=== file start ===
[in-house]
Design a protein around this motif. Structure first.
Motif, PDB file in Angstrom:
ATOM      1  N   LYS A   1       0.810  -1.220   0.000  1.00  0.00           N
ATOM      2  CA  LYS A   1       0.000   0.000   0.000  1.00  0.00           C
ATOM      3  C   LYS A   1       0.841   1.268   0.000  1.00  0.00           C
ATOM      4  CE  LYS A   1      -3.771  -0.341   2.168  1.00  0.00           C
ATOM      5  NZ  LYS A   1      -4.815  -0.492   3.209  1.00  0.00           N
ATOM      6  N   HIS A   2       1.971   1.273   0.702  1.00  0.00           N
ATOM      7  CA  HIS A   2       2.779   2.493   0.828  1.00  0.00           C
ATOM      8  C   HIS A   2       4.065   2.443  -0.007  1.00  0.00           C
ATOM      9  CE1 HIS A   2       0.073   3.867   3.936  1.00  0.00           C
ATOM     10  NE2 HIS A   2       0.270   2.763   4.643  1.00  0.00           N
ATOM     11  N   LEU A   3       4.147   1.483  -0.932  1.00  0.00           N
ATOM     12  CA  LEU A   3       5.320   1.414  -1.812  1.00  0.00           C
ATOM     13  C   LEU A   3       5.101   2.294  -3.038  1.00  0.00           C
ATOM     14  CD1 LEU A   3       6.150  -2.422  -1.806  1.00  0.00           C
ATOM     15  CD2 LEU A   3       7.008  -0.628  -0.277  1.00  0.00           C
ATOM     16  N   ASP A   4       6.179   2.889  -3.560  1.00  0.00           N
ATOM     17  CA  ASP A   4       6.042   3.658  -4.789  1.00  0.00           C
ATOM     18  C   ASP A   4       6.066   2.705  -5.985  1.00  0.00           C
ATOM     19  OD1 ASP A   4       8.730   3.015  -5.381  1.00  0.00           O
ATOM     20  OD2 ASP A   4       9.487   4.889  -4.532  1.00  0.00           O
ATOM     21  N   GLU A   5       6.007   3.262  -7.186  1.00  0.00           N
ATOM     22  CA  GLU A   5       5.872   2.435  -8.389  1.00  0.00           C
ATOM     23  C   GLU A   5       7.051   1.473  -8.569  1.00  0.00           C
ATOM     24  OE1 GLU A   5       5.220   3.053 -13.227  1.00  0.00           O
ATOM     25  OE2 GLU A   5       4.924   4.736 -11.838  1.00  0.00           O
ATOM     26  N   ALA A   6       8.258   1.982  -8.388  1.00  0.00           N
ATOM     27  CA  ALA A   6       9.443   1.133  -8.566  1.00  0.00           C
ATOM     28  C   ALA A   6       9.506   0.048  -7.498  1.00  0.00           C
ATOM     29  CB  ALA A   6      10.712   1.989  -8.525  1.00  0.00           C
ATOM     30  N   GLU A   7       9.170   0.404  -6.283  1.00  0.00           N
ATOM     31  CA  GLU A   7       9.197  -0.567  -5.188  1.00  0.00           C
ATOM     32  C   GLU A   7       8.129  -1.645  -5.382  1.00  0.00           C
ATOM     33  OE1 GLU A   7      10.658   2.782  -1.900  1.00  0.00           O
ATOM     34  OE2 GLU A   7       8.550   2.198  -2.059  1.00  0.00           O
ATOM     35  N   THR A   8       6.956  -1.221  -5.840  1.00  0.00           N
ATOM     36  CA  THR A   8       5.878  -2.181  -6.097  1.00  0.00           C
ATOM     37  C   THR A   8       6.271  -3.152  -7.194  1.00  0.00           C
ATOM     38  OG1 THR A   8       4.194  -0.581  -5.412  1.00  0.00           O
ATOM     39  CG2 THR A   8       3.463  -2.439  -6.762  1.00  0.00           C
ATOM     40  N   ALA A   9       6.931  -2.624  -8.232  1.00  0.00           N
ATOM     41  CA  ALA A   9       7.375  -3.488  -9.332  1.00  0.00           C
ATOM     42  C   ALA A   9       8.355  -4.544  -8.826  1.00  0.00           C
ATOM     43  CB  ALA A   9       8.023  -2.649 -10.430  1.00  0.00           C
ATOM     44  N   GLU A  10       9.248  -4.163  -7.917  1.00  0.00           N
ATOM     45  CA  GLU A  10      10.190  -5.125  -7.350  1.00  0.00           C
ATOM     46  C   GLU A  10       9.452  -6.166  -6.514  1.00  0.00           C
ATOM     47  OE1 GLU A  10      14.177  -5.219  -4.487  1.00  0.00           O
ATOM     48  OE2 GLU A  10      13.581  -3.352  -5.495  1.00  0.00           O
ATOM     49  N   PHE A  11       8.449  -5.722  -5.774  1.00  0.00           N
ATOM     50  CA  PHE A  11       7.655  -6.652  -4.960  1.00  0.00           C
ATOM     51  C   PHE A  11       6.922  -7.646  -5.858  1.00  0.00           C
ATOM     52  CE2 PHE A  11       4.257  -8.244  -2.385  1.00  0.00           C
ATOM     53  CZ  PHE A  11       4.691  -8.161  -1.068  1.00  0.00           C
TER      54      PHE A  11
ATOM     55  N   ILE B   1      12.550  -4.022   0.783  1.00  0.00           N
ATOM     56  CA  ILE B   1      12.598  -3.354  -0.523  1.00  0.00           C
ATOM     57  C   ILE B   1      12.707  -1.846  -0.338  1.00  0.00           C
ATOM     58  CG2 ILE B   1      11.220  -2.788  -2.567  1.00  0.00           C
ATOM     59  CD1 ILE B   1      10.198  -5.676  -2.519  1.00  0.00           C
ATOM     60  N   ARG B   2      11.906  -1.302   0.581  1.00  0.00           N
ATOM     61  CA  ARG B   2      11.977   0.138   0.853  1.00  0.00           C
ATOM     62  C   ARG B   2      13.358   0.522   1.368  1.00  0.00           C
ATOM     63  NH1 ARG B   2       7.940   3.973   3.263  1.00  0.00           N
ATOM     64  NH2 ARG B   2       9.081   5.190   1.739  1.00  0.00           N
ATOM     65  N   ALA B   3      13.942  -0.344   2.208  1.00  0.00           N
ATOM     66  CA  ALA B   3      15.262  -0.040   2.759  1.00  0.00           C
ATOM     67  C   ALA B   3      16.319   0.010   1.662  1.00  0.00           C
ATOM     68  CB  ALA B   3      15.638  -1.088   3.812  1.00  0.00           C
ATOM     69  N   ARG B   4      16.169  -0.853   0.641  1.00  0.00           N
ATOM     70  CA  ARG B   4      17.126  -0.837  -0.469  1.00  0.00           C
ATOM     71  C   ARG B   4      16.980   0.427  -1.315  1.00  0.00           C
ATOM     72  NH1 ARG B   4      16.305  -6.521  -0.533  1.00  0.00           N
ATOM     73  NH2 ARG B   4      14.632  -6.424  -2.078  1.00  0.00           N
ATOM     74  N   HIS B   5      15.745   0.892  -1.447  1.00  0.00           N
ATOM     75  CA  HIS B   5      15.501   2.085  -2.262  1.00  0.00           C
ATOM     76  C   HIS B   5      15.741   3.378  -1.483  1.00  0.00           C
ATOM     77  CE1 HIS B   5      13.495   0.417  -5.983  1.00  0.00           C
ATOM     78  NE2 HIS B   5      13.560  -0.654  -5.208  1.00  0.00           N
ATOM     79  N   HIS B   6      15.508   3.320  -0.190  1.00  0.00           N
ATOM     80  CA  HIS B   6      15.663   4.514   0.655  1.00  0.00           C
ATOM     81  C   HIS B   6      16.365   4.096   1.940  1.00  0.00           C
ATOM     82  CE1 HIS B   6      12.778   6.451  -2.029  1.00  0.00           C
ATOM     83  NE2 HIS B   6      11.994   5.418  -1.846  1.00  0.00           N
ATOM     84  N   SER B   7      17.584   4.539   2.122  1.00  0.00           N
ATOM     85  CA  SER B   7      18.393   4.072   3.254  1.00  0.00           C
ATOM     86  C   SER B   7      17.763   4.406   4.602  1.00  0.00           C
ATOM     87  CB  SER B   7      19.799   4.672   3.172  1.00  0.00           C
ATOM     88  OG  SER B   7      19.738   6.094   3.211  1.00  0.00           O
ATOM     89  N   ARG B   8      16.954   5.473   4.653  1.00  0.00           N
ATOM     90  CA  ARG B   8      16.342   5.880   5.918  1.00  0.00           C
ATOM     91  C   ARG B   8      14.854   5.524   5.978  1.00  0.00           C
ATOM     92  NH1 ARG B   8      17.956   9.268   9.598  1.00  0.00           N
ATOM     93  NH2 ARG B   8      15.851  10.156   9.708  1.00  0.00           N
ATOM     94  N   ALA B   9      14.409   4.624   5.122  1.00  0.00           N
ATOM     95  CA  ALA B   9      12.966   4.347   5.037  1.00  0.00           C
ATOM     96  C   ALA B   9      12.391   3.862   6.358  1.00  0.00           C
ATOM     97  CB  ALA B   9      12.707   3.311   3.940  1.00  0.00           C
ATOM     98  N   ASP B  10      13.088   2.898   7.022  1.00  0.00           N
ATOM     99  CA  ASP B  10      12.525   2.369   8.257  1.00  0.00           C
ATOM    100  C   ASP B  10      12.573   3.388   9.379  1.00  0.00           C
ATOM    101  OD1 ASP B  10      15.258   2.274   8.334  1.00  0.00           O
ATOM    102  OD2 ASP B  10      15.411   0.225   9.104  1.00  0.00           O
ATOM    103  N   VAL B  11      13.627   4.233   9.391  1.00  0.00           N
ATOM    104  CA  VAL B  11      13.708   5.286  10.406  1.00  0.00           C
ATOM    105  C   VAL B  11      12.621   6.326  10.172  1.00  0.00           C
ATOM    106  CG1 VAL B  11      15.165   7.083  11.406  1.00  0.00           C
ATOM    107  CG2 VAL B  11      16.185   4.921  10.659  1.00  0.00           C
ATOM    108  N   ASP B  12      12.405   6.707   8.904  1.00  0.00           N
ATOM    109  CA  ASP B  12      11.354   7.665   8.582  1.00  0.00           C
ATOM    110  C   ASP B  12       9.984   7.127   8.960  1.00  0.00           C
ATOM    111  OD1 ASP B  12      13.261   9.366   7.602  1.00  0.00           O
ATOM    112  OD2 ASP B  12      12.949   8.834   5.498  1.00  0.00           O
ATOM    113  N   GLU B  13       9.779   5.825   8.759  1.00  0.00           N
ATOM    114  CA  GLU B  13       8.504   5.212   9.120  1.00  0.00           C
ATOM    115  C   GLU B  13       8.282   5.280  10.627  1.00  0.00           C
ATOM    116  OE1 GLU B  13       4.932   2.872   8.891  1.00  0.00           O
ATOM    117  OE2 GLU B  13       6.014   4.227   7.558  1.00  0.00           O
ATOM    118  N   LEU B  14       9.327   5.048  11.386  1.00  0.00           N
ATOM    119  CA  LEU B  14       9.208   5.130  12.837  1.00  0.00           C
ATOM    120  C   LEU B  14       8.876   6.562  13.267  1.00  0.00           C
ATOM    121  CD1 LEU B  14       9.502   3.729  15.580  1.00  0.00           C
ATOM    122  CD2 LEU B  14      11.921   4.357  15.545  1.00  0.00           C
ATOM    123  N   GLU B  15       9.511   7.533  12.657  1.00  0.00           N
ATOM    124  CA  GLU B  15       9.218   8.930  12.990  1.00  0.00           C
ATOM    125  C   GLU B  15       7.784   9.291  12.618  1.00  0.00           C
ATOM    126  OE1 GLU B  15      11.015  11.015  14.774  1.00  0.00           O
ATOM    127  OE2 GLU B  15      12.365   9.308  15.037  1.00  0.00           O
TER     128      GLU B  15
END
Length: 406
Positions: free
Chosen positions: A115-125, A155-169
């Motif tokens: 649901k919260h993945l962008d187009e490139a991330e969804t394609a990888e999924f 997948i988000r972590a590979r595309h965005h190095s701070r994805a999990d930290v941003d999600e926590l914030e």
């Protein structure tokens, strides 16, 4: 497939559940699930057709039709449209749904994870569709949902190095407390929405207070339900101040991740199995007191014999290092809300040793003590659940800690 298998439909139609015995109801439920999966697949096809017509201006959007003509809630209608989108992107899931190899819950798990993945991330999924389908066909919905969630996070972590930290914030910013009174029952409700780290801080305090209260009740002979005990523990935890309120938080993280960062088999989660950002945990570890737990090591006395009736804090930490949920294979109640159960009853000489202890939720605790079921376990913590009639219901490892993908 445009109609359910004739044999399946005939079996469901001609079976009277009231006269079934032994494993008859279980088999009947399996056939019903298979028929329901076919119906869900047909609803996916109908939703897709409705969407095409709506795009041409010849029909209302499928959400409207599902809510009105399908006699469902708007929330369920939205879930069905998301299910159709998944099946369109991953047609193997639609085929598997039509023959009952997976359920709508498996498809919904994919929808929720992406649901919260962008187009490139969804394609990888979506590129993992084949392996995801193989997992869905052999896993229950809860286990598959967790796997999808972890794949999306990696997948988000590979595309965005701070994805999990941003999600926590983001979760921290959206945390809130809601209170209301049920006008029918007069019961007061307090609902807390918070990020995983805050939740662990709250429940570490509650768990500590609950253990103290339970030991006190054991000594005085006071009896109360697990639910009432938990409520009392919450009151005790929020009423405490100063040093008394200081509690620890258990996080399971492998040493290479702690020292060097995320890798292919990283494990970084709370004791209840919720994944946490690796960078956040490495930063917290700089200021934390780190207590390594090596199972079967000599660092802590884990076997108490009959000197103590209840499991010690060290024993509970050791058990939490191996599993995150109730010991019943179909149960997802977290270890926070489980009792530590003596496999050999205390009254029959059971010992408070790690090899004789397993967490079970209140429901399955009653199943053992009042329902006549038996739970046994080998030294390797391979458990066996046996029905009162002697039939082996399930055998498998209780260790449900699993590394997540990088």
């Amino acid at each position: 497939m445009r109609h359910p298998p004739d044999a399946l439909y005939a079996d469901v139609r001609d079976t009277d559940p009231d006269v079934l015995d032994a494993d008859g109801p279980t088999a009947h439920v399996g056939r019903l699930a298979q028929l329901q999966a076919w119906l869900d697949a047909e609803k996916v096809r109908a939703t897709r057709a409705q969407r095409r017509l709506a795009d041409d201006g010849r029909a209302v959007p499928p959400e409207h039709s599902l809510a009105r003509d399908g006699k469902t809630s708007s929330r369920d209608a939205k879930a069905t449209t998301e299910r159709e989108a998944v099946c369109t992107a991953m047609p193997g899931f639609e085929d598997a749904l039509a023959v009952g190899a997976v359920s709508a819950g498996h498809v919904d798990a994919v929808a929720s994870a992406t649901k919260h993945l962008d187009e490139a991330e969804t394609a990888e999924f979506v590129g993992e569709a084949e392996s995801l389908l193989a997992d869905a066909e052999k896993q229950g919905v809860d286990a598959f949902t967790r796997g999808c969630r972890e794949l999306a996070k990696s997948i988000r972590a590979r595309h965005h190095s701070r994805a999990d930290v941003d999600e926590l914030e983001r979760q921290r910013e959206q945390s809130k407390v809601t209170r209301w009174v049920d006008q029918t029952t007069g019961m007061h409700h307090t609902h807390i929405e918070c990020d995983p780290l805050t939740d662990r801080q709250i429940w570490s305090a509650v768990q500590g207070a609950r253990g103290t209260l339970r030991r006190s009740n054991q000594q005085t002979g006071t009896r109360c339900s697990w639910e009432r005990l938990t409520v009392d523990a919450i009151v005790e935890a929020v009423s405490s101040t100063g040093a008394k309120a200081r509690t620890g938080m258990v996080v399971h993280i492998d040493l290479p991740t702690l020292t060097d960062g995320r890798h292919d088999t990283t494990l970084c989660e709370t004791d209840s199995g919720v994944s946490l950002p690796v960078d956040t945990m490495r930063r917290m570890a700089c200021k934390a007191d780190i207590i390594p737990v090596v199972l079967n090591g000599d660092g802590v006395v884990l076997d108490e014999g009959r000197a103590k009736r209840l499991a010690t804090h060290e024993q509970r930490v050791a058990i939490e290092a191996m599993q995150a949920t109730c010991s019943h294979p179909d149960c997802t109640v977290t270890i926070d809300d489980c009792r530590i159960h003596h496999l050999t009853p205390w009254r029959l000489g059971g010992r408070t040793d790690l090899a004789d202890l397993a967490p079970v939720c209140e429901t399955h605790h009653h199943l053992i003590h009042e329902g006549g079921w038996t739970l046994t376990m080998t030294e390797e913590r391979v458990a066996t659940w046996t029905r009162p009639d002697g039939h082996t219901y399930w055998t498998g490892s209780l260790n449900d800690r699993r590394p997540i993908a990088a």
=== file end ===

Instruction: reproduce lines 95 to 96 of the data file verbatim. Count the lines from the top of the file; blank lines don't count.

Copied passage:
ATOM     92  NH1 ARG B   8      17.956   9.268   9.598  1.00  0.00           N
ATOM     93  NH2 ARG B   8      15.851  10.156   9.708  1.00  0.00           N